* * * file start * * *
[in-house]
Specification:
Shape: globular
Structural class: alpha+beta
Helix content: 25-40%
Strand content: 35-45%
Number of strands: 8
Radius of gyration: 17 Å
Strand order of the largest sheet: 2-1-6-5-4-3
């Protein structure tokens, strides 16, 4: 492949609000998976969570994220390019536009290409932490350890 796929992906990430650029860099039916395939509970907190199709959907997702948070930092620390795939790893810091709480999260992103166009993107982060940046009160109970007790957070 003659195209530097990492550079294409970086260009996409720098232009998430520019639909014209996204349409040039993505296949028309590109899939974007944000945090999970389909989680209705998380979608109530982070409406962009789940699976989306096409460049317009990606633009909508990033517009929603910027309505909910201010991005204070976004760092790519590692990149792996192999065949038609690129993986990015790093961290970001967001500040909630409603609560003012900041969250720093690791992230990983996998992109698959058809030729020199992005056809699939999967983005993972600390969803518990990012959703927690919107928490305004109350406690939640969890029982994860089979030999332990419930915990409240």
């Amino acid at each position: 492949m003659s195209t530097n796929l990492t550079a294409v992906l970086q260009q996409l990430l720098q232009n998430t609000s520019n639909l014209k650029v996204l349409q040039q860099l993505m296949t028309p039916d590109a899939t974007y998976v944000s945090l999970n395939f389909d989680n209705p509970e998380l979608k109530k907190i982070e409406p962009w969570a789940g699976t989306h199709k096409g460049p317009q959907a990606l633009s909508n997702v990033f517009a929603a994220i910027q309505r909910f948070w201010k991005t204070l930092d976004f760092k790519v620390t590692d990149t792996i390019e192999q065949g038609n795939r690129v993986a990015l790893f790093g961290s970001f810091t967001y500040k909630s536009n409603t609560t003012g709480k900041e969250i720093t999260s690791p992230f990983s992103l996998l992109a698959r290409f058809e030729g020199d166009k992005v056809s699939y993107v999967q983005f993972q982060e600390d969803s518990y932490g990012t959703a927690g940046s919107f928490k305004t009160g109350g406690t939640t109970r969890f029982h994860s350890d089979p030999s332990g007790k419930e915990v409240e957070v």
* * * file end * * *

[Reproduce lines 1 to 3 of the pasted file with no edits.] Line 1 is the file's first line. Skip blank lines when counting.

[in-house]
Specification:
Shape: globular